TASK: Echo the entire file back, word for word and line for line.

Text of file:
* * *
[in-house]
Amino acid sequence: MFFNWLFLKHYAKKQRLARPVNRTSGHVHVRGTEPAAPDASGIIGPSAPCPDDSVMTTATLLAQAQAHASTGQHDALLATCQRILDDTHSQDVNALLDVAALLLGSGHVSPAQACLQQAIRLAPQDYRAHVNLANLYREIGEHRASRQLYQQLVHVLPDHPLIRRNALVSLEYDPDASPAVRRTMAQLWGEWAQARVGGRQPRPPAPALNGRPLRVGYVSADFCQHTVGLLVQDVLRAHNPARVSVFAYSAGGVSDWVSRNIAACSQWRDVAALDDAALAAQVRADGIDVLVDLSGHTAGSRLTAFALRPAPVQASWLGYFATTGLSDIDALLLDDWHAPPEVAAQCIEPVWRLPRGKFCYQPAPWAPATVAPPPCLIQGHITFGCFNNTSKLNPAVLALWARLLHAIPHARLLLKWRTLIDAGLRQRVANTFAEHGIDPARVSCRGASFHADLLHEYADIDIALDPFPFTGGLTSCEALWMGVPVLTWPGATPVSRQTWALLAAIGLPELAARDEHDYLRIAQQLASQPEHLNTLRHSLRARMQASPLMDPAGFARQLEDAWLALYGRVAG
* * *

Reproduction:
[in-house]
Amino acid sequence: MFFNWLFLKHYAKKQRLARPVNRTSGHVHVRGTEPAAPDASGIIGPSAPCPDDSVMTTATLLAQAQAHASTGQHDALLATCQRILDDTHSQDVNALLDVAALLLGSGHVSPAQACLQQAIRLAPQDYRAHVNLANLYREIGEHRASRQLYQQLVHVLPDHPLIRRNALVSLEYDPDASPAVRRTMAQLWGEWAQARVGGRQPRPPAPALNGRPLRVGYVSADFCQHTVGLLVQDVLRAHNPARVSVFAYSAGGVSDWVSRNIAACSQWRDVAALDDAALAAQVRADGIDVLVDLSGHTAGSRLTAFALRPAPVQASWLGYFATTGLSDIDALLLDDWHAPPEVAAQCIEPVWRLPRGKFCYQPAPWAPATVAPPPCLIQGHITFGCFNNTSKLNPAVLALWARLLHAIPHARLLLKWRTLIDAGLRQRVANTFAEHGIDPARVSCRGASFHADLLHEYADIDIALDPFPFTGGLTSCEALWMGVPVLTWPGATPVSRQTWALLAAIGLPELAARDEHDYLRIAQQLASQPEHLNTLRHSLRARMQASPLMDPAGFARQLEDAWLALYGRVAG